"If you don't have developers, you don't have any way to know how to do that. And the cores haven't been that proactive in helping because that just stands for them to lose business," Sells said.
Still, consumers and small businesses continue to save and borrow from smaller banks. But beyond increasing deposits, the opportunities for community banks to grow are found largely in areas that require in-house tech resources.
"We are behind in many ways because we don't have that in-house experience. We have to change that as an industry. We can't lose this next war on talent," Sells said.
To grow, community banks need to attract tech talent
Financial services doesn't tend to be top of mind for tech talent. And for those who are eyeing a career in finance, it's more likely they'll turn to a big bank or fintech before a community bank.
"It's a harder sell in some instances because that talent segment generally feels like playing in the big tech space will often afford them more opportunity," Margie Painter, principal at Deloitte's human capital practice, told Business Insider.
Read more: Green Dot's bread-and-butter businesses have been undercut by VC-backed neobanks. It's turning to techy partnerships with the likes of Uber to restart growth.
Financial institutions, in general, also have a reputation for being slow-moving, highly-regulated firms. Today's talent pool is looking for high-growth environments where they'll be able to learn a lot and work on several different projects, Painter added.
So when recruiting, banks have to build a message and brand perception that reflects the breadth of tech work to be done in finance. For community banks, that means showing candidates the digital transformations the bank is undergoing.
"When you look at what's going to attract tech talent, it's less of the idea of, 'I want to go in and fix something.' It's more of the idea of, 'Am I going to be able to go in and create something,'" Painter said.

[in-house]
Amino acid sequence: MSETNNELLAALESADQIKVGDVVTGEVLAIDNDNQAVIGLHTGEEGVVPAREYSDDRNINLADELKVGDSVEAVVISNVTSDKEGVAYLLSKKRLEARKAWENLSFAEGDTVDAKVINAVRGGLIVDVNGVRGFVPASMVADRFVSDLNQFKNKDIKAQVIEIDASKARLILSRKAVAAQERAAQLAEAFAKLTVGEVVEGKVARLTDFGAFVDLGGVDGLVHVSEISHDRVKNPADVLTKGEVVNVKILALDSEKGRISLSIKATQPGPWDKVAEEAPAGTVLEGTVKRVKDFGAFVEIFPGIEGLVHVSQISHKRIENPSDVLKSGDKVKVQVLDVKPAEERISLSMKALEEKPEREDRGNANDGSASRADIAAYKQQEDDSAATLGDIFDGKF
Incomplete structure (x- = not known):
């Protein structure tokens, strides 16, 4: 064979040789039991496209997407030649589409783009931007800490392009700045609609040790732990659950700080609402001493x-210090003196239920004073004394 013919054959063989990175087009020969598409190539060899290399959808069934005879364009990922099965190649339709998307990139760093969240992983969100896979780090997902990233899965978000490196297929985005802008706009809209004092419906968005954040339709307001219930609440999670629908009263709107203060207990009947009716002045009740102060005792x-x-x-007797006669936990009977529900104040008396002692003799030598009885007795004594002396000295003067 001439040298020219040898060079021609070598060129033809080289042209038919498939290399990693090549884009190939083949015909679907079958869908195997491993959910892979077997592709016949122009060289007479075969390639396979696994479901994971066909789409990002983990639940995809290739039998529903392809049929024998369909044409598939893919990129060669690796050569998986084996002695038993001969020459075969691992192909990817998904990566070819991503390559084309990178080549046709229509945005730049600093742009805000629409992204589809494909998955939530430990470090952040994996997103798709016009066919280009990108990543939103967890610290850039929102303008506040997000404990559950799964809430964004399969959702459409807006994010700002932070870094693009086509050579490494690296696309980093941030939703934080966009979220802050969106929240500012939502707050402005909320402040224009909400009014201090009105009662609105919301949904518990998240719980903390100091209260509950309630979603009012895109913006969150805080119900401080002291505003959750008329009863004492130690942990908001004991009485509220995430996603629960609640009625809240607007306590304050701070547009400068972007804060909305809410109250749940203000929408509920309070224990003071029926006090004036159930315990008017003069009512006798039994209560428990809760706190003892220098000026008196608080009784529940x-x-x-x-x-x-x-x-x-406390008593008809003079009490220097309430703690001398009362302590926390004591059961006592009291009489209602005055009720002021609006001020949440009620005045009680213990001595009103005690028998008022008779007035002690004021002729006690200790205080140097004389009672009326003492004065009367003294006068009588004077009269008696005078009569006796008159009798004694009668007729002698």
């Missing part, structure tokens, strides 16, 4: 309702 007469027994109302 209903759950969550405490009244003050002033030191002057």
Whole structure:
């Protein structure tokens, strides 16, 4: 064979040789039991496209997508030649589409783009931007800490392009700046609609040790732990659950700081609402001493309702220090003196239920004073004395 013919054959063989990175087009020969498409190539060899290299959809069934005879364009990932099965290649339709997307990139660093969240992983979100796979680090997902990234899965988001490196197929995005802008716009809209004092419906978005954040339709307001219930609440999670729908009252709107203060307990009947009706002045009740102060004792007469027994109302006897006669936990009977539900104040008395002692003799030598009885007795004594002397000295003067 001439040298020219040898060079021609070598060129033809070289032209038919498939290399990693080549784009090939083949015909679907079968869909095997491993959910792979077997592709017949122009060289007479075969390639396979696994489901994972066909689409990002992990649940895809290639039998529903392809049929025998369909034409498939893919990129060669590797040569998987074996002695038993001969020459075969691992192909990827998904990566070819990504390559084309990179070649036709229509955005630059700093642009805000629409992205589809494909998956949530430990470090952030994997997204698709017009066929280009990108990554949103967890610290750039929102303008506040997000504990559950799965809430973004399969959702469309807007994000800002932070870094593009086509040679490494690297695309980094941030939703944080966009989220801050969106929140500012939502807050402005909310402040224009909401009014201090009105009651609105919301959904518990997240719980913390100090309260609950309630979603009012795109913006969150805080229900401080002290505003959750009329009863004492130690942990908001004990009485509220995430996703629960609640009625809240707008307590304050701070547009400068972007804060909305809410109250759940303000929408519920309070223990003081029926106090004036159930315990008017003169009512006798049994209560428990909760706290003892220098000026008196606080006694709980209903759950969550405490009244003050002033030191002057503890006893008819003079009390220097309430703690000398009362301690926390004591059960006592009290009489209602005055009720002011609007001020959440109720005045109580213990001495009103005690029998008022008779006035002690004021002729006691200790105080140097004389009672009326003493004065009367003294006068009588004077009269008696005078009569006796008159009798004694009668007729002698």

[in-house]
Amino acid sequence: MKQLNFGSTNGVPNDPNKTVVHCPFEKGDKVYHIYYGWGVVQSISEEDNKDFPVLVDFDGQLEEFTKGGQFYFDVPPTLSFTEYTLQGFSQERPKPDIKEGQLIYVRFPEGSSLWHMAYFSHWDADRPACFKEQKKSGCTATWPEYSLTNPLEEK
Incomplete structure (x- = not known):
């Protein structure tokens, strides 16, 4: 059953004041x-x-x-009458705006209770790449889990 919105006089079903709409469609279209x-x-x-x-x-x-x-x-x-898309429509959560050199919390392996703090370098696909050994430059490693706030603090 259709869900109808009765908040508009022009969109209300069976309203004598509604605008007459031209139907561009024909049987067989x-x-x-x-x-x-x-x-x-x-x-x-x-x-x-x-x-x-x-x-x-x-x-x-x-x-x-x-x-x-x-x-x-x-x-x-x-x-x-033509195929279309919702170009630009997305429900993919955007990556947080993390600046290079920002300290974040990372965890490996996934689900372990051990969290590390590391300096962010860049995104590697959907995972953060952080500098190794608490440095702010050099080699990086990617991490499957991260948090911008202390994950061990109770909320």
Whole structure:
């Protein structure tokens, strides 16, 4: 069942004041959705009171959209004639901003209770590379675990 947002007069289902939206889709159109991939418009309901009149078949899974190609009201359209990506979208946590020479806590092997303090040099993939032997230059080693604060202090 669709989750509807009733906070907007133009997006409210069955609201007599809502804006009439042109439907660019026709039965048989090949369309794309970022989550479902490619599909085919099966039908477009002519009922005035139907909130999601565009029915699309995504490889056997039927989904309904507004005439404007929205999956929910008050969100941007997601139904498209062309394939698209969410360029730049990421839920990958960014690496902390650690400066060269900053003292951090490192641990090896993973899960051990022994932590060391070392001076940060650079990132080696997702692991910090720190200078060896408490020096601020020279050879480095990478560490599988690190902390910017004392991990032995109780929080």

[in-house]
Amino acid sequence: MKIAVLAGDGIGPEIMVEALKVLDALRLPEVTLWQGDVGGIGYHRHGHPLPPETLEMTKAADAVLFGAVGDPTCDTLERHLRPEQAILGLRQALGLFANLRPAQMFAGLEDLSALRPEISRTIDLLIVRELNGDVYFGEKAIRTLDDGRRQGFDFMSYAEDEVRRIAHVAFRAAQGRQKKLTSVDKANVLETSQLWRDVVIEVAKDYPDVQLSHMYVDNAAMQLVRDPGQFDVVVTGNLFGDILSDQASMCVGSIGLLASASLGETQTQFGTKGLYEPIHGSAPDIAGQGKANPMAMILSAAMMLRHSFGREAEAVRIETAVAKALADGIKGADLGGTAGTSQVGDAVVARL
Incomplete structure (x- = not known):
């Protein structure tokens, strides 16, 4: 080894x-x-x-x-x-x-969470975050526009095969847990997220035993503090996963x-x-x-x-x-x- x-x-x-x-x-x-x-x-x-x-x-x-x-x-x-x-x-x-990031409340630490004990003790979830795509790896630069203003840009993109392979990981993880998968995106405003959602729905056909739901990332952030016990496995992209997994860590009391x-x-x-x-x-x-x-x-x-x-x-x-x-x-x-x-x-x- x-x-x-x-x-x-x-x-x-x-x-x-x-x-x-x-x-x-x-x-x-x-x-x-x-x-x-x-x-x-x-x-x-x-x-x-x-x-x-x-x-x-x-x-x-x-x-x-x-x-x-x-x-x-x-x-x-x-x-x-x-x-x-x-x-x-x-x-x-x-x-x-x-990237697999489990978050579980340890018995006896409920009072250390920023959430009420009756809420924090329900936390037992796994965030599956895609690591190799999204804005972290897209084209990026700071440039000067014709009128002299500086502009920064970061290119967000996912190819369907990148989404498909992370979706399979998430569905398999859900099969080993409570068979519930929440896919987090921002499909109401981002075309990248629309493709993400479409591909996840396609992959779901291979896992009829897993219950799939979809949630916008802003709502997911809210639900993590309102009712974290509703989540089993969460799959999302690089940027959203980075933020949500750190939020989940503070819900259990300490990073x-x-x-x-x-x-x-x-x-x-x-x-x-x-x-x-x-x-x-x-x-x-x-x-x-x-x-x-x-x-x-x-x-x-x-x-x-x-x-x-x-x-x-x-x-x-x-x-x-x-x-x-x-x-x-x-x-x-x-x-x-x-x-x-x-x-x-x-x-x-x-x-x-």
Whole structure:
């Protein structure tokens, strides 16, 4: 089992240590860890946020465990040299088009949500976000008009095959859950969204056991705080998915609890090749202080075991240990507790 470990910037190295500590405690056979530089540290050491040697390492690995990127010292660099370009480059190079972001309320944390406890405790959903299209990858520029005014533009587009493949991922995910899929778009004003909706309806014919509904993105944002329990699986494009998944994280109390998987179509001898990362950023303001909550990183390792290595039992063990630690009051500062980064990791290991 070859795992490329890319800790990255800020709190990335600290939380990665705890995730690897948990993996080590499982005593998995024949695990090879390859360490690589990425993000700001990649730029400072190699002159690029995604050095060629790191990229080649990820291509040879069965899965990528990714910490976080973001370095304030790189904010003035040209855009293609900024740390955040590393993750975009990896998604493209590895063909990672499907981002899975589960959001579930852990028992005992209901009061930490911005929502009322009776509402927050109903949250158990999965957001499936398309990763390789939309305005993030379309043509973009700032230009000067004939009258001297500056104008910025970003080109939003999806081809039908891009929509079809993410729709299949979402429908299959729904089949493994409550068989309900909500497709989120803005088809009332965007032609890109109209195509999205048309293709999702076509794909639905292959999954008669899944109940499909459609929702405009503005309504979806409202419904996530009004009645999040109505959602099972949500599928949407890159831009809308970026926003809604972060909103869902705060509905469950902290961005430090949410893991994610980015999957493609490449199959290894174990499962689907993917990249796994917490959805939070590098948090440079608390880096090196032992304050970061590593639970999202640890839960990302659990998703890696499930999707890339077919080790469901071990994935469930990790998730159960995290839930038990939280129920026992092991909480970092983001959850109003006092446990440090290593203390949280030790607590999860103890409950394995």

Fintechs, in particular, have had more success recruiting tech talent. That's because there's a perception that the startups are more nimble and offer more opportunities to learn and grow, Painter said.
Some community banks, however, have close ties to fintechs, as they offer access to national bank charters. Challenger bank Chime, which was last valued at $14.5 billion, partners with Stride Bank, an Oklahoma-based firm with over $800 million in assets.
Wells said community banks can pitch to potential job candidates the ability to get first-hand experience working on banking problems, which might not be the case at a startup.
"The downside is that [at a fintech] you're completely dependent upon a bank, your bank partner. If for whatever reason they decide they don't like you, or there's a compliance issue, you're out of luck," Wells said. "Whereas if you were a developer inside of a bank, you have access to all the tools. You can do so much more."
Remote work means that community banks' talent pools are growing
As community banks become more digital, their customer base can expand outside of their immediate geographies. And they're increasingly open to remote work, which means talent pools are growing.
Community banks also aren't as dead set on having all their talent in the same place, Deloitte's Painter said. As a result, talent recruitment could become easier.
"That could actually open up talent for some of the community banks where previously they may have had a harder time recruiting talent because they've got someone that wants to live in a larger metro area or they have folks who don't want to move," she added.
Quontic is a prime example of a small bank deciding to cast a wider net for job candidates in the wake of COVID-19.
The bank has hired 129 people since March this year, 63% of which are located outside of New York.
"Historically we were hiring in New York only," Sells said. "Now around 50% of our executive team is in a different state."